Davies Gate: Watching the Garden Grow

NEW YORK — Two years after giving birth to twin boys, Ellen Davies is watching the growth of more than just two toddlers. <br><br>Davies and her husband and business partner, Jack, have been winnowing, refining and adding to their product...

NEW YORK — Two years after giving birth to twin boys, Ellen Davies is watching the growth of more than just two toddlers.

This story first appeared in the August 16, 2002 issue of WWD.  Subscribe Today.

Davies and her husband and business partner, Jack, have been winnowing, refining and adding to their product assortment, and have seen their company grow more than 30 percent in that period. While they wouldn’t quantify that with numbers, industry sources estimate that the company does about $11 million annually at retail.

Now, they’re ready for even greater growth. In fact, notes Jack Davies, the last eight months have been a sort of soul-searching exercise for the couple, as they’ve fine-tuned the brand and its distribution.

“The conclusion that we reached is that we are a wellness brand with a predominant theme of gardening and things from the garden — like Garden Made, our first collection,” he said. “Our goal is to be in touch with the rituals and relaxations and with all of the good things mentally that come to you from working in a garden. That was the original inspiration for the company, and that’s what we’re tuning into.”

The company was born 10 years ago, when Ellen, a Rhode Island School of Design-trained artist, stopped making custom-made bath-and-body products as a hobby and turned it into a full-time gig, assisted by Jack, then a corporate lawyer. Ellen did the product development and packaging, Jack the business side — an arrangement that is still largely the same.

“The other focus in the last six or eight months has been on innovation,” said Jack Davies. “Every established company is putting that in the forefront; with the softened economy it’s more important than ever. We have a slew of things in the pipeline.”

Since late last year, the duo has systematically moved through each of their seven collections, looking at what fit each collection’s theme and what didn’t. “It wasn’t necessarily about the packaging or the formulation,” said Ellen Davies. “It was more about whether or not they made sense in the context of the collection.” The two spent the first half of the year streamlining, but also looking for places to add.

The results will begin rolling out in late September. For instance, the Seeds and Grains line, first launched in September 2001, will get a new product, Cardamom Foot Butter — an ultra-hydrating foot cream — which will retail for $24 for 6.5 oz. “The point of that line is to use one seed or grain per product, one that serves a specific purpose,” said Ellen Davies. “For instance, one top seller, our Poppy Seed Exfoliator, works so well because poppy seeds are irregularly shaped. That makes them excellent exfoliators.”

The year-and-a-half old Davies Babies line —?formulated, in part, for Ian and Jens, the couple’s sons — will get Boo Boo Stick, a $10 healing balm formulated with natural essential oils and herbs, this fall. “The boys get hurt like every hour, so I was smearing aloe and other things on them,” said Ellen Davies. “Finally, I decided to whip up a formula that could be duplicated. It’s easy to throw into a diaper bag — but it works well on grownups, too.”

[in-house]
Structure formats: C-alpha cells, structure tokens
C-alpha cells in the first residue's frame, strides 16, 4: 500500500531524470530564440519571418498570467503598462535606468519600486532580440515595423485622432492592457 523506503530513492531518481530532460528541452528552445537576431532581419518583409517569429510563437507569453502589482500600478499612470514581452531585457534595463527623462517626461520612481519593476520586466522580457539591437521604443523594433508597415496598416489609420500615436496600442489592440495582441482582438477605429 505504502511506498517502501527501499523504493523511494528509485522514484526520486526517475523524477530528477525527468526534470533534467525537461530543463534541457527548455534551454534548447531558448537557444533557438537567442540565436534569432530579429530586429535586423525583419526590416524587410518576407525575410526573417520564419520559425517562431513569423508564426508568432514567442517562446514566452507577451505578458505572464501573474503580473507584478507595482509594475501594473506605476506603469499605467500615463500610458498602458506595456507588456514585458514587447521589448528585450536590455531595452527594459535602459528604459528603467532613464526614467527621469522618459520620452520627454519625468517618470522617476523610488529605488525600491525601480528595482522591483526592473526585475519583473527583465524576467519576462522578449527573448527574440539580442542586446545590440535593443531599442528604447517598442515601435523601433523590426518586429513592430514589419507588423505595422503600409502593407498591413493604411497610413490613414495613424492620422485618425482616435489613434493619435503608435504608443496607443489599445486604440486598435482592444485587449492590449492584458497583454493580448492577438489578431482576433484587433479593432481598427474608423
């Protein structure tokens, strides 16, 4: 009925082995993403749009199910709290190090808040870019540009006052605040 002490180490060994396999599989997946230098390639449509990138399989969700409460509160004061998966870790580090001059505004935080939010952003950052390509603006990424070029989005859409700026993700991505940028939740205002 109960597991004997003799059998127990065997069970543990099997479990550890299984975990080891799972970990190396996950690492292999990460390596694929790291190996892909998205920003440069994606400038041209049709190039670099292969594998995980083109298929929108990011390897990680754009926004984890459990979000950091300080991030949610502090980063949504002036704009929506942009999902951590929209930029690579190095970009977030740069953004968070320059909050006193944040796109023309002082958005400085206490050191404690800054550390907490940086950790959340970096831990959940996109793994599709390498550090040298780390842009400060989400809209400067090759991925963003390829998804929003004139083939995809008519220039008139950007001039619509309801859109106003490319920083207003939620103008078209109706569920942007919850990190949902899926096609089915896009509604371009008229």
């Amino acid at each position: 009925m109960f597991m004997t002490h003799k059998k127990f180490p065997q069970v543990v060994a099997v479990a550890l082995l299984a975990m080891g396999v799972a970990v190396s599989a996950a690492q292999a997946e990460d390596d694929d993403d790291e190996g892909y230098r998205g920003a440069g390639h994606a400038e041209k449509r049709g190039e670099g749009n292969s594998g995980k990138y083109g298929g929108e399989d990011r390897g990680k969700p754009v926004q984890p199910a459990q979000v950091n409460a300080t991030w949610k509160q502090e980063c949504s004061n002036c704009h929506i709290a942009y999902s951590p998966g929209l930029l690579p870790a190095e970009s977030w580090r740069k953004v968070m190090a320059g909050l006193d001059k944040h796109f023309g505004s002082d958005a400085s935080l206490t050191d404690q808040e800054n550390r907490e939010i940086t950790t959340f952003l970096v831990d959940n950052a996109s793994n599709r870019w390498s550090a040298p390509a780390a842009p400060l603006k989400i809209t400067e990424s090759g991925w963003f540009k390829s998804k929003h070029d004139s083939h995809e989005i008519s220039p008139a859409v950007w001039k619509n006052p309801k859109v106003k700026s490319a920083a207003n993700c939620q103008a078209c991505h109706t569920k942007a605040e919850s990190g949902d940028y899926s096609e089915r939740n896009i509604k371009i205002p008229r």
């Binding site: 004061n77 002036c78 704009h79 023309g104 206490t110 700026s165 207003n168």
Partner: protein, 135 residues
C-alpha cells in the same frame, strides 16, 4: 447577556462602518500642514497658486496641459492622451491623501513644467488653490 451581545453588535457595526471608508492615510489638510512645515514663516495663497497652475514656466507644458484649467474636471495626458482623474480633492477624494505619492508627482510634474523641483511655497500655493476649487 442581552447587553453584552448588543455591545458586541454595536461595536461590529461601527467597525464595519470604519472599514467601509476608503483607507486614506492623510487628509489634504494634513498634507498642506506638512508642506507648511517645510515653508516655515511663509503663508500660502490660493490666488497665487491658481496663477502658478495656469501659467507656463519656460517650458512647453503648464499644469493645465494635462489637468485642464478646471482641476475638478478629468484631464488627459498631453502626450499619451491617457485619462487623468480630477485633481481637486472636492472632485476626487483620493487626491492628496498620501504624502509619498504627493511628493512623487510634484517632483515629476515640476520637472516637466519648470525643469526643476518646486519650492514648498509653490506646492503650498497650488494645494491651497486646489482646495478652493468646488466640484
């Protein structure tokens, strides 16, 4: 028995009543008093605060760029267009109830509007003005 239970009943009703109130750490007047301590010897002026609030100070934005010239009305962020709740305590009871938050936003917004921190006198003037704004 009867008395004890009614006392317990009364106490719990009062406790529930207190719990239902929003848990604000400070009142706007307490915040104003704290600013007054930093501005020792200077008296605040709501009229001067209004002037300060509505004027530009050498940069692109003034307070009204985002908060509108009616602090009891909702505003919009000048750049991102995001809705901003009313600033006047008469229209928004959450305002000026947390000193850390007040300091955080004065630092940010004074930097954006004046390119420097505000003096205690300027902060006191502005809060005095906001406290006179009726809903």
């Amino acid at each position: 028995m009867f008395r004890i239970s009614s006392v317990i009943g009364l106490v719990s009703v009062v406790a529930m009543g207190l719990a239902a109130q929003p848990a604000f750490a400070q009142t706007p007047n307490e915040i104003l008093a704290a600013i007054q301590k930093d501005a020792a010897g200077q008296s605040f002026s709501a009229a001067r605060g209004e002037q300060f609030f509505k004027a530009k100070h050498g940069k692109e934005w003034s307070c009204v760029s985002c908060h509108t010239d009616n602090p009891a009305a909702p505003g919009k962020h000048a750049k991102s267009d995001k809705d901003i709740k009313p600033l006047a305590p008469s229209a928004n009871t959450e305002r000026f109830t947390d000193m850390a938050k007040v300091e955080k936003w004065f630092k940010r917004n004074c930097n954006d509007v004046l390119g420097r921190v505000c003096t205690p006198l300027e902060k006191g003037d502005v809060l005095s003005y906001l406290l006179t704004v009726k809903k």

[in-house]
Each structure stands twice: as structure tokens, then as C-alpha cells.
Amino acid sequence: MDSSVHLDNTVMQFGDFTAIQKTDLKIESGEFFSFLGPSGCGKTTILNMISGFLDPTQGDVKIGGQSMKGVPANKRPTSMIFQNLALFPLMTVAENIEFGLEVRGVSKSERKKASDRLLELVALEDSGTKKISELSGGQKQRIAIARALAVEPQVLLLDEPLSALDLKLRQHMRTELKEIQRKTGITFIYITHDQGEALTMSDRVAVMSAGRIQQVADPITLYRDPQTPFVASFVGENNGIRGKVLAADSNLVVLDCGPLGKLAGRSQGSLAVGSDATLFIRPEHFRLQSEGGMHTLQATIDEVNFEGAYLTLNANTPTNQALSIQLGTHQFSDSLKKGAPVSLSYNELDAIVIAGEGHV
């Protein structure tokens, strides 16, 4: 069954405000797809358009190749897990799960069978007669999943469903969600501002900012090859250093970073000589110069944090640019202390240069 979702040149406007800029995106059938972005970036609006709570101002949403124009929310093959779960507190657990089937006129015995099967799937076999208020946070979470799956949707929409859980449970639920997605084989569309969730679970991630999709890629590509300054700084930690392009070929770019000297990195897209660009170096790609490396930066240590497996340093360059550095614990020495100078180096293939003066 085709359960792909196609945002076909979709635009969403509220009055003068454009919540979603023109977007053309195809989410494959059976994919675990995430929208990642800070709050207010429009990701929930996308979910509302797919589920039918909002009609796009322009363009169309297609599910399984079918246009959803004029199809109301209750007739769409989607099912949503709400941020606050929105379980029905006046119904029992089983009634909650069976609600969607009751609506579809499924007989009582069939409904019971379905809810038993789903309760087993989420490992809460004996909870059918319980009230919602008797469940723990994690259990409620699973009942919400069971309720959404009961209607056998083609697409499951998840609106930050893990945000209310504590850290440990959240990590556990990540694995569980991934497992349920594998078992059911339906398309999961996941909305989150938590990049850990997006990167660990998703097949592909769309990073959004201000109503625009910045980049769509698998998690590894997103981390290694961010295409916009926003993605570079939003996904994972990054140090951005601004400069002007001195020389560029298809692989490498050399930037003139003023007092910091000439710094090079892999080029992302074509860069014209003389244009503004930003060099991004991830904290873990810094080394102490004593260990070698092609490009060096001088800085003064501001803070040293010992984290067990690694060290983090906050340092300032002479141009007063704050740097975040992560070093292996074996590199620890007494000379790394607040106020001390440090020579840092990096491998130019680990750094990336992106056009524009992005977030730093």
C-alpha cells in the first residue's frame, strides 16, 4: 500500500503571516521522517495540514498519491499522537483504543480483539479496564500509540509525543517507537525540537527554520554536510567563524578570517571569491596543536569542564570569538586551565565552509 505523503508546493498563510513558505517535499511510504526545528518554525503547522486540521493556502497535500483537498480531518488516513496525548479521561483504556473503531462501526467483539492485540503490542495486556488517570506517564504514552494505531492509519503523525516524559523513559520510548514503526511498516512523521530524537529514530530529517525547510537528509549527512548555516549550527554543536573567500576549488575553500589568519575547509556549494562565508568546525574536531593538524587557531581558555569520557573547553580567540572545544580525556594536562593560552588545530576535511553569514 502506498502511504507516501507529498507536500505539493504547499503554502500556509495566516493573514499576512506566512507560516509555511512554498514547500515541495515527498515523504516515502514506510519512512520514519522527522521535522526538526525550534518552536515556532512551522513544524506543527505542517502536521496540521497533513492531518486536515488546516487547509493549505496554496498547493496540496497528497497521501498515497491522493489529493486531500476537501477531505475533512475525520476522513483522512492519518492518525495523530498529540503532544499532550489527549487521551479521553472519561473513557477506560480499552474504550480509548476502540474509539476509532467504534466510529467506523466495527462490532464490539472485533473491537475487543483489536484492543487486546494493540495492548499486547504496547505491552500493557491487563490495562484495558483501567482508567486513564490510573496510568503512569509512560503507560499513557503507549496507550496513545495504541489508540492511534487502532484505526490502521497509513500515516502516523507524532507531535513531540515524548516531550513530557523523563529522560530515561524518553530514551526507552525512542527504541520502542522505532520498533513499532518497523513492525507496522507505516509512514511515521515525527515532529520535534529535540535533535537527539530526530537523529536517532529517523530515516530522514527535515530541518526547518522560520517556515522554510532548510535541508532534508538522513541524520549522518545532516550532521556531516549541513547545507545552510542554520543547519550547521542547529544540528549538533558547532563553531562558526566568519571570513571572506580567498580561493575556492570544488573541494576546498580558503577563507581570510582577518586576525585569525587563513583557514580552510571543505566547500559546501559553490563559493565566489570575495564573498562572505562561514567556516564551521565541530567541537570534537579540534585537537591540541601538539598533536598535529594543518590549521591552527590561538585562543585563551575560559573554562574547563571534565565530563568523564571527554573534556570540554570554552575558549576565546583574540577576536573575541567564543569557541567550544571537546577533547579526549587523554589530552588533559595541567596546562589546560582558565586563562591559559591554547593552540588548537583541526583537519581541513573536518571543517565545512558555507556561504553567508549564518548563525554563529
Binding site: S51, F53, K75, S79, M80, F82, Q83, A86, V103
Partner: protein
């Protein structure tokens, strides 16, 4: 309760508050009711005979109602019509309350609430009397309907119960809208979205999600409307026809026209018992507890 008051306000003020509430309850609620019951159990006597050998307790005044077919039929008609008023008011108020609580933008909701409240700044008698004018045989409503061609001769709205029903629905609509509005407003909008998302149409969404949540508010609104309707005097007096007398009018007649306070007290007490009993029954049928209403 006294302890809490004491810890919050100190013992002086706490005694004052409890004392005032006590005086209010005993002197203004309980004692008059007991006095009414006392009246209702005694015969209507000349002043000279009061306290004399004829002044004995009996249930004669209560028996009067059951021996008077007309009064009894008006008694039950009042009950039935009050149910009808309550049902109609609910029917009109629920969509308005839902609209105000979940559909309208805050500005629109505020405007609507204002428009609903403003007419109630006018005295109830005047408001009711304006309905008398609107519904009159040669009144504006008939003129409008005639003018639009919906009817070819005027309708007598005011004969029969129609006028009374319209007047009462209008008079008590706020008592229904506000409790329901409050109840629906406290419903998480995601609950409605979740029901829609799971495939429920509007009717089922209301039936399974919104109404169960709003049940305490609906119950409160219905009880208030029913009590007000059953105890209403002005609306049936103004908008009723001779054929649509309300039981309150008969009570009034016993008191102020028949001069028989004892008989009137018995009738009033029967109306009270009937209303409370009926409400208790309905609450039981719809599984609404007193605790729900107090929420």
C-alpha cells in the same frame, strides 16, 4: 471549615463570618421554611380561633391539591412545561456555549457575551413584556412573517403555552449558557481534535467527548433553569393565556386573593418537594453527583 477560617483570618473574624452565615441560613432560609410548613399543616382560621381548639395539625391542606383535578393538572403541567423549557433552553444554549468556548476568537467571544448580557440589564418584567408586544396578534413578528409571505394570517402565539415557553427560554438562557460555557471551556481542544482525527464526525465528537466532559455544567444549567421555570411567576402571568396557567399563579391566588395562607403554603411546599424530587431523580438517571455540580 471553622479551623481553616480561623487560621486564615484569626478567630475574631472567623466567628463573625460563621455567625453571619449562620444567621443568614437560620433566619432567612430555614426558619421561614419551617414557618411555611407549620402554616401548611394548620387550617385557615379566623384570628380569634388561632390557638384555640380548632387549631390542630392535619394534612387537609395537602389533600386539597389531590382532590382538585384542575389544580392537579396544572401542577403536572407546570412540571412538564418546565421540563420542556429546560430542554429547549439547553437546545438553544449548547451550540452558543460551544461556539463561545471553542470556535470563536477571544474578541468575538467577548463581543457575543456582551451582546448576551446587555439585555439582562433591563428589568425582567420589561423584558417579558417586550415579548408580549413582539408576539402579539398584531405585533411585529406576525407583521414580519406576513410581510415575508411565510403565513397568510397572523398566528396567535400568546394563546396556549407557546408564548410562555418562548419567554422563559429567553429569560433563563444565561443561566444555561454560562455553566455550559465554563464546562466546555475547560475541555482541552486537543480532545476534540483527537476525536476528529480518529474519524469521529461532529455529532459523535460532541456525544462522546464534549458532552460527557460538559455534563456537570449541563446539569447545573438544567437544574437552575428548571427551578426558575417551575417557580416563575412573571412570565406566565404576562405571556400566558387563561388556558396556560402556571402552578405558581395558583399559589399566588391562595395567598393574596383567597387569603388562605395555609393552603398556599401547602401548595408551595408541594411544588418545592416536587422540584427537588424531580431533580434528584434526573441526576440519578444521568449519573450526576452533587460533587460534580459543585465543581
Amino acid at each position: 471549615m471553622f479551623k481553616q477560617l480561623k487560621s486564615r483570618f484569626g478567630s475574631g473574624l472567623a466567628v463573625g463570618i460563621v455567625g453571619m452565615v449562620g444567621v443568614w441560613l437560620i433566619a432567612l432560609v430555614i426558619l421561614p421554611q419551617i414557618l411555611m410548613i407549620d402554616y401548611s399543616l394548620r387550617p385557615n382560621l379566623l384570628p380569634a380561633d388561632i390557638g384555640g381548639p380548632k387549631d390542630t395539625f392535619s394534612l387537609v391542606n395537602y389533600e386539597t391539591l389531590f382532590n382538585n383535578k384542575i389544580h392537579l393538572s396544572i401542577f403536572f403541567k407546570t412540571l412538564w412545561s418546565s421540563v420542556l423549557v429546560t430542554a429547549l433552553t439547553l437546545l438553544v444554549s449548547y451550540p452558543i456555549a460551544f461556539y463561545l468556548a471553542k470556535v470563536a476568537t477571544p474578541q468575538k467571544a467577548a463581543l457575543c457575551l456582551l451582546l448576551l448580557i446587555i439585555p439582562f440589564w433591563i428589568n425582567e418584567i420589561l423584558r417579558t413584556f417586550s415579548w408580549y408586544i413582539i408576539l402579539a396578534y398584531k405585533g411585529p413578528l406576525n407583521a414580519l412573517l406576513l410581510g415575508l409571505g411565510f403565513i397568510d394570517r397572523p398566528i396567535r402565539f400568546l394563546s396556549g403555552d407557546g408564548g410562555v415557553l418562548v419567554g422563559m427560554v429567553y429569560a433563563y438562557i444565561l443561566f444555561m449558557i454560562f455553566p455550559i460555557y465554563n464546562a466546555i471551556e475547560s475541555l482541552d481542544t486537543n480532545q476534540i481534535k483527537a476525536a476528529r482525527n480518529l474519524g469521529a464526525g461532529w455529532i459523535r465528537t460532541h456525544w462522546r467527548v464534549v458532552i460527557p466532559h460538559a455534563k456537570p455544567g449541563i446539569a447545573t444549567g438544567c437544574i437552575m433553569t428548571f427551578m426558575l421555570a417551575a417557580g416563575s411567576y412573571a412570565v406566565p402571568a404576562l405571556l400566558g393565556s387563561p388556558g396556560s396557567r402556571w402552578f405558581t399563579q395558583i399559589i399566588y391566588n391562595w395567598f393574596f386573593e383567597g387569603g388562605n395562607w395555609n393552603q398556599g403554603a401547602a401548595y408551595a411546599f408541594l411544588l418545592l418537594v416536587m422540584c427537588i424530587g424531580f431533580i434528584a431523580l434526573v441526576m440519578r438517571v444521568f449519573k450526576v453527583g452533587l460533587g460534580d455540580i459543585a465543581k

Several of the other collections will add new items as well. Garden Made will get a new stick lip balm with SPF, $5, as well as a new hand cleanser, $12.50. The Perennials Collection — the second line introduced by the duo, which focuses on florals like sage and lavender —?will get a new Herb Rub with Dead Sea Salts, $23, available in four different scents, as well as a new scent, Lemon Thyme, which will be available as an option in all 10 of the line’s products, which include body wash, body mist and lotions.

The Flower Garden lineup of six fine fragrances, each of which retail for $35 for 1.5 ounces, will get matching hand creams, $23 for six ounces. SunTree, an Asian-inspired line of candles, bath salts, perfume oils and home fragrances, will get soy wax candles, a switch from the paraffin they currently use. “It’s a cleaner burn, fits the brand better and soybeans are an abundant natural resource,” said Ellen Davies. The candles retail for $25 each. All candles within the company are being switched to soy wax, she added. A seventh collection is Fleur de Pearl,which focuses on the mystery of pearls, along with exotic blooms.

Distribution is also a focus. Davies Gate products, initially launched in a handful of California-based specialty retailers — including Fred Segal Essentials and the gardening chain Smith & Hawken — are now in more than 1,200 doors, including Sephora and Canyon Ranch. That’s a narrower number than it was two years ago, when the company was in 1,700 doors, but both Davies are quick to point out that it’s been a positive move. “When we launched the brand, it was initially in a gift-store type of marketplace,” said Ellen Davies. “As we’ve grown and evolved —?particularly with skin care — we’ve discovered that much of our customer base is actually a day spa and apothecary-style consumer.”

Added Jack Davies: “We’re moving away from retailers that do not have beauty as their core area of focus. And we’re already seeing the dividends on that. You don’t sell a facial cleanser to a gift store, for instance.” Within the next two years, both believe, the brand’s more focused distribution rollout should be complete.